On summer afternoons, before the sun sinks behind the pine forests on Rome's western edge, a dozen or so young African women take up their places on either side of a remote commuter road, scanning the traffic for customers. Then, about 6 P. The African women leave, ceding their spots to transvestites from South America who stay until the sun sets, before moving to the safer glare of the city's lights. On another commuter artery to the south of Rome, two young women from Ghana sit perched on a metal traffic barrier until two cars pull up, offering each a ride. Farther down the road stands a year-old Romanian in short shorts and a skimpy T-shirt who says she is getting ready to give up prostitution and go back home. I'm going to get married and then I'll be O. In the last 10 years, street prostitution in Italy has undergone a sea change: once the last resort of desperate Italian women, it is now a reflection of the shifting demographics of a country that used to see very few foreigners, except tourists. And although the volume of immigration -- legal and illegal -- into Italy is still lower than in many other European countries, foreign prostitutes are a visible reminder that this country, once an exporter of emigrants, now has to make room for newcomers -- including those who earn a living on the edges of society.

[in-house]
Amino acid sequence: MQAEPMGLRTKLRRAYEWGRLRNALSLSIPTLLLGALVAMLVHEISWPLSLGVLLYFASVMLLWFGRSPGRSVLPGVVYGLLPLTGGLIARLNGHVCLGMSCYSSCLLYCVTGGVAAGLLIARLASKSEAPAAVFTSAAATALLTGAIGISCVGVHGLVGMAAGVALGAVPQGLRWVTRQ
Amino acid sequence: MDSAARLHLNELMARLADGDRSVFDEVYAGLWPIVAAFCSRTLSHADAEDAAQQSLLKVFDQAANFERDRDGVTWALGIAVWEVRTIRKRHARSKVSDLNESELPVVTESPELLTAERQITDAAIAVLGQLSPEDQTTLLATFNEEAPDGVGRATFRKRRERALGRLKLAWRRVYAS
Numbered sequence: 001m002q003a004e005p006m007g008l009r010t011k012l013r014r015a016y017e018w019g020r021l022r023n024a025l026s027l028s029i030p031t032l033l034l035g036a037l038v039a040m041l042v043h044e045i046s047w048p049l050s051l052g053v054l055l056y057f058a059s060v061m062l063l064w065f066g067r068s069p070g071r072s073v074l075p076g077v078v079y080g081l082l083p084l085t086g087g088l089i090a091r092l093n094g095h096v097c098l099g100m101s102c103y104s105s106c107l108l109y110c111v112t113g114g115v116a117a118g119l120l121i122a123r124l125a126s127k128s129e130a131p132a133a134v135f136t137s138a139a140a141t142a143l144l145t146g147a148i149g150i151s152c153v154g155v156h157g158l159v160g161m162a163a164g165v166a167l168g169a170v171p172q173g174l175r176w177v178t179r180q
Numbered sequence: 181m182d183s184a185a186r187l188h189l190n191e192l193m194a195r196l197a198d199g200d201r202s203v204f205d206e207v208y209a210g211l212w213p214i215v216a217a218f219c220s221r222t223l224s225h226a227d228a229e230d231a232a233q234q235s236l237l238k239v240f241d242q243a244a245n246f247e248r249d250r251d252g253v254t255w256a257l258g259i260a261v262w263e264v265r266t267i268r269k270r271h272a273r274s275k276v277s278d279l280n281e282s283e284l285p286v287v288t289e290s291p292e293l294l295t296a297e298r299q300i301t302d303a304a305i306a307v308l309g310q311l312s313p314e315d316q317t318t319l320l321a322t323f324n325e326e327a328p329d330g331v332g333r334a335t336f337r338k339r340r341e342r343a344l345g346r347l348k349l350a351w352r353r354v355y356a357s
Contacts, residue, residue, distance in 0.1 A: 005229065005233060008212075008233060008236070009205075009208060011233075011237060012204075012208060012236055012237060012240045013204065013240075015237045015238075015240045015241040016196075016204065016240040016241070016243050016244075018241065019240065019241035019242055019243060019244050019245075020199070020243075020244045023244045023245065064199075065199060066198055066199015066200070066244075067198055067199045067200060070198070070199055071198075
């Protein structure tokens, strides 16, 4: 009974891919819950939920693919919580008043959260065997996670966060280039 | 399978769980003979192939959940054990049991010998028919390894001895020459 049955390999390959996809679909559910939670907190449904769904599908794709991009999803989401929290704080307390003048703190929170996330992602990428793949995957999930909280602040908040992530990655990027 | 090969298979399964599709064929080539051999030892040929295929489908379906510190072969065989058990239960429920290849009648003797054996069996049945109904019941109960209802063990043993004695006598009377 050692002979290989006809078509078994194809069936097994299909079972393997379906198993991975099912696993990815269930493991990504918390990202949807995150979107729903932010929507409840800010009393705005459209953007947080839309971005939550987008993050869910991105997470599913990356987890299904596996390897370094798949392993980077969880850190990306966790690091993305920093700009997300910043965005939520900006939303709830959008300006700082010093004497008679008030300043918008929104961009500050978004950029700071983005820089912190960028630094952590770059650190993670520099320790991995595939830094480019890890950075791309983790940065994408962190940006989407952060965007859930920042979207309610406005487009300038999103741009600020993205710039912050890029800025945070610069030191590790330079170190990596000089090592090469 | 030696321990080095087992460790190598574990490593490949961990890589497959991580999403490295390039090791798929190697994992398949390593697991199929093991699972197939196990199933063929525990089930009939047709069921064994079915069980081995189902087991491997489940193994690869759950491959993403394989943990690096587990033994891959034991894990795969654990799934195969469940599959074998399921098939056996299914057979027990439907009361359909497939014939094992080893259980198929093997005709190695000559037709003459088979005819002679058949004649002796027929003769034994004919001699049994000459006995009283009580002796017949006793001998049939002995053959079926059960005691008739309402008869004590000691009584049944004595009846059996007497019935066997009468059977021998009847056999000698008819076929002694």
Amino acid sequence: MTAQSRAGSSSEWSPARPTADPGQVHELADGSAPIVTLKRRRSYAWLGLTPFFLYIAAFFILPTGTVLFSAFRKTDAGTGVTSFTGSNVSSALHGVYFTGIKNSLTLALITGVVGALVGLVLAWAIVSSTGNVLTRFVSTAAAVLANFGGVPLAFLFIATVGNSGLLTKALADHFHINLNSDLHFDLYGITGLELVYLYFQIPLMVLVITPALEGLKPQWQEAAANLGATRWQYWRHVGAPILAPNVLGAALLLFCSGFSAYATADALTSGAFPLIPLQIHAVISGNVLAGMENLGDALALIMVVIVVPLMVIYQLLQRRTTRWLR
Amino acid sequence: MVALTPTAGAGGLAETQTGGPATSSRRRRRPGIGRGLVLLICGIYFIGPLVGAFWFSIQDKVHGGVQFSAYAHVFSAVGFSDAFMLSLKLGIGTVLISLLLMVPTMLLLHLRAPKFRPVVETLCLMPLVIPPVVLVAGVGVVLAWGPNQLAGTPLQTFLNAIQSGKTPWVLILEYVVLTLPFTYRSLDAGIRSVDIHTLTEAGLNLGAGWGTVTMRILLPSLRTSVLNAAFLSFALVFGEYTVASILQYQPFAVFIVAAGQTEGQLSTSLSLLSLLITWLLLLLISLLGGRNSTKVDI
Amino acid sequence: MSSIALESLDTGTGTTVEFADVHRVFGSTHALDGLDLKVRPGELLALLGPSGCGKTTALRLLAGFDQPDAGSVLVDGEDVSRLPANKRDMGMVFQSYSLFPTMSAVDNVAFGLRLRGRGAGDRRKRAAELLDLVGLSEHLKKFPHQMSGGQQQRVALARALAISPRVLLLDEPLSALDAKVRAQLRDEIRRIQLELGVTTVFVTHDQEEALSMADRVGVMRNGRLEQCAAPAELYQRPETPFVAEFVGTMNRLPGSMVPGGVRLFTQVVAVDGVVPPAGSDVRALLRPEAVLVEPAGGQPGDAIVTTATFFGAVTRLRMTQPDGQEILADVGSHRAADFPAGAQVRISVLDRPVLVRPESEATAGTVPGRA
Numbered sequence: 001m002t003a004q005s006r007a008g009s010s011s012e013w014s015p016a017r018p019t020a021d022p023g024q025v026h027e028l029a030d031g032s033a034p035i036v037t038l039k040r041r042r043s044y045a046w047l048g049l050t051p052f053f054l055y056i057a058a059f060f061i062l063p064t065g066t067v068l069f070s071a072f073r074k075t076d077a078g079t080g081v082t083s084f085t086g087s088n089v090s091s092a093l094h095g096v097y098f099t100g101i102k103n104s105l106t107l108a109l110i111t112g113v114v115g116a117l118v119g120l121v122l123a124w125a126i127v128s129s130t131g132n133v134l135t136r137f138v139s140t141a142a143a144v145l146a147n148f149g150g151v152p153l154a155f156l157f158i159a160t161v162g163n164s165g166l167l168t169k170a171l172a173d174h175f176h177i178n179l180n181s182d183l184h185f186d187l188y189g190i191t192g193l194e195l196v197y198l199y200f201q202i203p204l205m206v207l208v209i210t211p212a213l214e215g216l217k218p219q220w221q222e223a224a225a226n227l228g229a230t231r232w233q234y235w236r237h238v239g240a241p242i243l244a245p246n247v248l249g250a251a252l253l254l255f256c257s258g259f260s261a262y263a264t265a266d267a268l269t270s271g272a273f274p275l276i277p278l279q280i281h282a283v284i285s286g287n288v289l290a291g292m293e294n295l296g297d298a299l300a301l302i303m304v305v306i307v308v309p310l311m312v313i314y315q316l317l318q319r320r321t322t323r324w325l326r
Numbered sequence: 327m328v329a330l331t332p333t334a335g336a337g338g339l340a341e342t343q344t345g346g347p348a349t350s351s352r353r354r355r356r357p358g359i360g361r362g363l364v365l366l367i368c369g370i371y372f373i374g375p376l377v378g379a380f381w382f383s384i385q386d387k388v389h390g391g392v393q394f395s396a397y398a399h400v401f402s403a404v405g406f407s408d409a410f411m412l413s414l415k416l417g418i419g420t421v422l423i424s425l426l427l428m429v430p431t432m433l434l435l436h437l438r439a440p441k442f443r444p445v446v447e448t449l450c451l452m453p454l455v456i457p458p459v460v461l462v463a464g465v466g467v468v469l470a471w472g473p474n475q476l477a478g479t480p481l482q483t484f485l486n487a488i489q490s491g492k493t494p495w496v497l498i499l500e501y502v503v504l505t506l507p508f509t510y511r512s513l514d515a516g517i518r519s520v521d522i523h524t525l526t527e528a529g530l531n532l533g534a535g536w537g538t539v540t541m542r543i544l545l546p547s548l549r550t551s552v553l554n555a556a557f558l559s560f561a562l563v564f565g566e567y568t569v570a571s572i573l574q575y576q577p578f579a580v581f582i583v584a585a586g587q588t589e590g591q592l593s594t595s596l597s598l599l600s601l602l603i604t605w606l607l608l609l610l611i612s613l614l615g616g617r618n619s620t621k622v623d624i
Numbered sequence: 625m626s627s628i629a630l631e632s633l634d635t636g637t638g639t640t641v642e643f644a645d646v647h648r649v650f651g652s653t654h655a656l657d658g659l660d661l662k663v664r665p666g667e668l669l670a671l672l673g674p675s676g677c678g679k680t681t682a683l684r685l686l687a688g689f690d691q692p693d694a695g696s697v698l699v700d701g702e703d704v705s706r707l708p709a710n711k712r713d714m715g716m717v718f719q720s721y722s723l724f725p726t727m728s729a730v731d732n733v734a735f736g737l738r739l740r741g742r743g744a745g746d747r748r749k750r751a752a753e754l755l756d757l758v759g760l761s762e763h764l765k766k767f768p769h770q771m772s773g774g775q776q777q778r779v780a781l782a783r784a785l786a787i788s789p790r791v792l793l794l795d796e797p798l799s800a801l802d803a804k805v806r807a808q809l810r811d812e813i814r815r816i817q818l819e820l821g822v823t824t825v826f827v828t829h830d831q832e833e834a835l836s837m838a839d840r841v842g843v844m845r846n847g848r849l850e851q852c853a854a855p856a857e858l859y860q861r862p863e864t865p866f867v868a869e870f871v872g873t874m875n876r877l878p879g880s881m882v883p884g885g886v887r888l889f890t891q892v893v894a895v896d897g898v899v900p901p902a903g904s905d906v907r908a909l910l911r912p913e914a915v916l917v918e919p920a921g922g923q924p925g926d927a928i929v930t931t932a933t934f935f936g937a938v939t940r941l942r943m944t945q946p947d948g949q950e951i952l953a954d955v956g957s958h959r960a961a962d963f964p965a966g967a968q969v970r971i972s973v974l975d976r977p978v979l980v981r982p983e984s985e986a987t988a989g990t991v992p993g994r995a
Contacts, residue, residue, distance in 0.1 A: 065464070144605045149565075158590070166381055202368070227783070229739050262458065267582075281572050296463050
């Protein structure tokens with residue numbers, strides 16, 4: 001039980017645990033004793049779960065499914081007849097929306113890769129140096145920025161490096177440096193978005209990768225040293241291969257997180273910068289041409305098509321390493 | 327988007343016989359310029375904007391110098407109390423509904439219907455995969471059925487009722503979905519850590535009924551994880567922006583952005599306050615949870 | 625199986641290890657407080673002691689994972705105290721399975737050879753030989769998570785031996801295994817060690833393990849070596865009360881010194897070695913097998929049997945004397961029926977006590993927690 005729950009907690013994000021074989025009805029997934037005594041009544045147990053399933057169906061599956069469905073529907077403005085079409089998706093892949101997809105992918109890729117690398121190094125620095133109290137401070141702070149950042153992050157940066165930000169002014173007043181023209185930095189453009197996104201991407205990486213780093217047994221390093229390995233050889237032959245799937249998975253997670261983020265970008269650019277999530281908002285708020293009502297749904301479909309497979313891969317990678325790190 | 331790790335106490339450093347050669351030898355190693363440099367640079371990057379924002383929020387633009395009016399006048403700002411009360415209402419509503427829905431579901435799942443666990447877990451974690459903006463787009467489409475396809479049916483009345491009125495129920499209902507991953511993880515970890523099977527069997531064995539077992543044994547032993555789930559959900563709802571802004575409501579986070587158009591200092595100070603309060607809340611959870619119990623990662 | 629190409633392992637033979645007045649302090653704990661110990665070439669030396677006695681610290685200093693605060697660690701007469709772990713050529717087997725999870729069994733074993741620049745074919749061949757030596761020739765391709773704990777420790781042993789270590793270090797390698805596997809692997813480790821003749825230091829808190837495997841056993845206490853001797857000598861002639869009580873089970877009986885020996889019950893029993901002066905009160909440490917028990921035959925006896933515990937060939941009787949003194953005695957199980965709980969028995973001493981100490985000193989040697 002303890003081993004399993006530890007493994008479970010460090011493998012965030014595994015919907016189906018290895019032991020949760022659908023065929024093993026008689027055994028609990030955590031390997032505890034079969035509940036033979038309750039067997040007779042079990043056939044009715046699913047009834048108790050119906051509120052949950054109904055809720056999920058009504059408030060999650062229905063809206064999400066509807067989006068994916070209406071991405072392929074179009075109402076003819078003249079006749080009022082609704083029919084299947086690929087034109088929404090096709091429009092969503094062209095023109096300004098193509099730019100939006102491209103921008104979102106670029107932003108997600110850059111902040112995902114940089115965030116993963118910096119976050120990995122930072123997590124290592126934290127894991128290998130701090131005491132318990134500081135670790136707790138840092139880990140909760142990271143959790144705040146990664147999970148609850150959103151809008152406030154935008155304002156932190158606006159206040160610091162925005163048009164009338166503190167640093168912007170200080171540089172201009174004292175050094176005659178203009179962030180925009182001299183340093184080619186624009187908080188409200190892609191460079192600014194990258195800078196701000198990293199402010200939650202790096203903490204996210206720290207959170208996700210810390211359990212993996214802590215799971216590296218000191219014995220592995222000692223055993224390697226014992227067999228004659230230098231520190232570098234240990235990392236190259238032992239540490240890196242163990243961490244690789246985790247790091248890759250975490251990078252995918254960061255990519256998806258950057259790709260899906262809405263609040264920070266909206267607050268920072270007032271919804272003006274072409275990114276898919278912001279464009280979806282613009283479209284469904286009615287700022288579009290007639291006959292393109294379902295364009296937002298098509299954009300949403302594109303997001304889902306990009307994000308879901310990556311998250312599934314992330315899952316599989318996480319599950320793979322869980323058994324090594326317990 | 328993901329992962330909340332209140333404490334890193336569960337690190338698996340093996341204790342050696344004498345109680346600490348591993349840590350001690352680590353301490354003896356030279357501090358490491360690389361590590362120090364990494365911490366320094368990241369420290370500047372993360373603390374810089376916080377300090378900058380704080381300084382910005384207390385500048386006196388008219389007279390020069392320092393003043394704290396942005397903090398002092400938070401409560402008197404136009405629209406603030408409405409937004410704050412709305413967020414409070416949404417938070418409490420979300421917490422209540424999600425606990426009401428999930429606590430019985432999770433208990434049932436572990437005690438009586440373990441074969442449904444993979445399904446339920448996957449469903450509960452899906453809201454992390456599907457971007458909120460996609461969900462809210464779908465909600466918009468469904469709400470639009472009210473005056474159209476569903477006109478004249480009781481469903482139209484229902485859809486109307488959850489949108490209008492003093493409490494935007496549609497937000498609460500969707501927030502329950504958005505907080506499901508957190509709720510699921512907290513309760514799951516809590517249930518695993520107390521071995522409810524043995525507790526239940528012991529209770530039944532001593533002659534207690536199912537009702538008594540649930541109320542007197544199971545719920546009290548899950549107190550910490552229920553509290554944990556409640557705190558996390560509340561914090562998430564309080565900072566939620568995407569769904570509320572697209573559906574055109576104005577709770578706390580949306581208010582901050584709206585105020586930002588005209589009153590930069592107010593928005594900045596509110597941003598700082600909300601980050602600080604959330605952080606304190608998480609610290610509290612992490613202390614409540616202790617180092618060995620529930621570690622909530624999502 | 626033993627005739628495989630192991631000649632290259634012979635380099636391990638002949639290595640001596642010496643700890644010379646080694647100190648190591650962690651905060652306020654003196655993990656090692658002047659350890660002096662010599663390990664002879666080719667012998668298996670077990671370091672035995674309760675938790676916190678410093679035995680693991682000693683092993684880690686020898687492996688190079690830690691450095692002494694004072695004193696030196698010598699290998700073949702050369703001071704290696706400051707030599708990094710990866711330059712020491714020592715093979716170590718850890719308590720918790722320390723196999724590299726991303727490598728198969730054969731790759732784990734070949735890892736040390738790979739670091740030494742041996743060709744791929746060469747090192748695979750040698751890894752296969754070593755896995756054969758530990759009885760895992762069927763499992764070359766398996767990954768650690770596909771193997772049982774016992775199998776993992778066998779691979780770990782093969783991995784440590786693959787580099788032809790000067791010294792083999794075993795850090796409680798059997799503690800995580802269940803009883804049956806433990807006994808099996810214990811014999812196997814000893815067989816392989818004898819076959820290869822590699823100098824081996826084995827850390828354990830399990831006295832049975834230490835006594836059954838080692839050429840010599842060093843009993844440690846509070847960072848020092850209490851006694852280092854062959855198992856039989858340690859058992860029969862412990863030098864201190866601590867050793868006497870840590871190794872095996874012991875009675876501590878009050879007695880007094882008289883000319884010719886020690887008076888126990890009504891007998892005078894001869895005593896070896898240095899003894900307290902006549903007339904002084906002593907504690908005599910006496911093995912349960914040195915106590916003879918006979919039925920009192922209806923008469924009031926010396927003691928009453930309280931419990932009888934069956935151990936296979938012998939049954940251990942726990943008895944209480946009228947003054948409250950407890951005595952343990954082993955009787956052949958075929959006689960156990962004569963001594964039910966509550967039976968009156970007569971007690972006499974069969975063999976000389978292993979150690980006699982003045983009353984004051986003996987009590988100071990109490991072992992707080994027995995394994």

Site Information Navigation
“Normally you would have faith in your brother, if he tells you ‘Come to Italy’”
Prostitution in Italy Italian : prostituzione , defined as the exchange of sexual acts for money, is legal, although organized prostitution , whether indoors in brothels or controlled by third parties, is prohibited. Brothels were banned in A euphemism often used to refer to street prostitutes in Italy is Lucciole lit. Prostitution thrived in Italy in the Middle Ages.
Police in Rome have issued their first euro spot fines to prostitutes and their clients after the capital's right-wing mayor issued a decree banning street prostitution. A heatedly-debated law may ban the practice nationwide. Police in Rome have issued their first spot fines to prostitutes and their clients after the capital's right-wing mayor issued a decree banning street prostitution, Italian media reported Wednesday. Three men and 17 prostitutes were each slapped with euro fines dollars by municipal police after Mayor Gianni Alemanno's order came into force on Tuesday. The prostitutes, most of them from Romania, told police they had no intention of paying the fines, according to the newspaper Corriere della Sera. The first client to be fined, a year-old Italian mechanic, argued that he was unaware about the decree and would "never vote again for Gianni Alemanno," who was elected earlier this year.
Near the Garibaldi station in Naples, on the Via Galileo Ferraris, is a church with a cross illuminated in bright neon. Most are in their 40s, and some in their 50s. They are discreet, silent and holding cheap leather clutch bags. One is dressed in a prim shirt and trousers, with thick black-rimmed glasses, looking like a student on the town in search of a cheap eat. We pass the HQ of Italian energy company Enel. A long brick wall and an entrance gate, where a smart car is parked.